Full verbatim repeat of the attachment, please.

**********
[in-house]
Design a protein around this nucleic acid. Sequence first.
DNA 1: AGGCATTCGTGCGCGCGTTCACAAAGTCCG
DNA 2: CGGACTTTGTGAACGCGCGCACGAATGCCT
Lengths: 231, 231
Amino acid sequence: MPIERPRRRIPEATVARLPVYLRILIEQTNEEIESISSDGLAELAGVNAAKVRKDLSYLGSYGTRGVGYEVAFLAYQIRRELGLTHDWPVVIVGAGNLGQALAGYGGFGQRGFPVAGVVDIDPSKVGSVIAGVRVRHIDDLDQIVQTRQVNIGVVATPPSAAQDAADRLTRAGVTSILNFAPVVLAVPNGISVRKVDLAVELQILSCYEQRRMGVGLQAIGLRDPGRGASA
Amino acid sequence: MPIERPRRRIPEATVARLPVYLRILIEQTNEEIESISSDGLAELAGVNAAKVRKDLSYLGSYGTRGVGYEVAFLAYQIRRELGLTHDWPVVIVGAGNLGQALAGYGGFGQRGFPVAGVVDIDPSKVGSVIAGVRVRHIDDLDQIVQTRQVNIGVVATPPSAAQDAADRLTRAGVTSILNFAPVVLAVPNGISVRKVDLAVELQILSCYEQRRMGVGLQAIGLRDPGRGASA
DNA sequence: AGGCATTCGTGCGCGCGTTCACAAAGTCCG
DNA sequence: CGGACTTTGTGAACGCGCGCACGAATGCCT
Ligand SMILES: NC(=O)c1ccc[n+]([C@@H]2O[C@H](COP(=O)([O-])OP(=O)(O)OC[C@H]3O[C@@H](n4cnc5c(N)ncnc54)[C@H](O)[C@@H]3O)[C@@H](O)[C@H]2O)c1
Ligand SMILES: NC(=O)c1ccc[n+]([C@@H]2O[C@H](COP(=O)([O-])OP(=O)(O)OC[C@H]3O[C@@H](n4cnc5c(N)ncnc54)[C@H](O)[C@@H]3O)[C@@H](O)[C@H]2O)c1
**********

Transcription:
[in-house]
Design a protein around this nucleic acid. Sequence first.
DNA 1: AGGCATTCGTGCGCGCGTTCACAAAGTCCG
DNA 2: CGGACTTTGTGAACGCGCGCACGAATGCCT
Lengths: 231, 231
Amino acid sequence: MPIERPRRRIPEATVARLPVYLRILIEQTNEEIESISSDGLAELAGVNAAKVRKDLSYLGSYGTRGVGYEVAFLAYQIRRELGLTHDWPVVIVGAGNLGQALAGYGGFGQRGFPVAGVVDIDPSKVGSVIAGVRVRHIDDLDQIVQTRQVNIGVVATPPSAAQDAADRLTRAGVTSILNFAPVVLAVPNGISVRKVDLAVELQILSCYEQRRMGVGLQAIGLRDPGRGASA
Amino acid sequence: MPIERPRRRIPEATVARLPVYLRILIEQTNEEIESISSDGLAELAGVNAAKVRKDLSYLGSYGTRGVGYEVAFLAYQIRRELGLTHDWPVVIVGAGNLGQALAGYGGFGQRGFPVAGVVDIDPSKVGSVIAGVRVRHIDDLDQIVQTRQVNIGVVATPPSAAQDAADRLTRAGVTSILNFAPVVLAVPNGISVRKVDLAVELQILSCYEQRRMGVGLQAIGLRDPGRGASA
DNA sequence: AGGCATTCGTGCGCGCGTTCACAAAGTCCG
DNA sequence: CGGACTTTGTGAACGCGCGCACGAATGCCT
Ligand SMILES: NC(=O)c1ccc[n+]([C@@H]2O[C@H](COP(=O)([O-])OP(=O)(O)OC[C@H]3O[C@@H](n4cnc5c(N)ncnc54)[C@H](O)[C@@H]3O)[C@@H](O)[C@H]2O)c1
Ligand SMILES: NC(=O)c1ccc[n+]([C@@H]2O[C@H](COP(=O)([O-])OP(=O)(O)OC[C@H]3O[C@@H](n4cnc5c(N)ncnc54)[C@H](O)[C@@H]3O)[C@@H](O)[C@H]2O)c1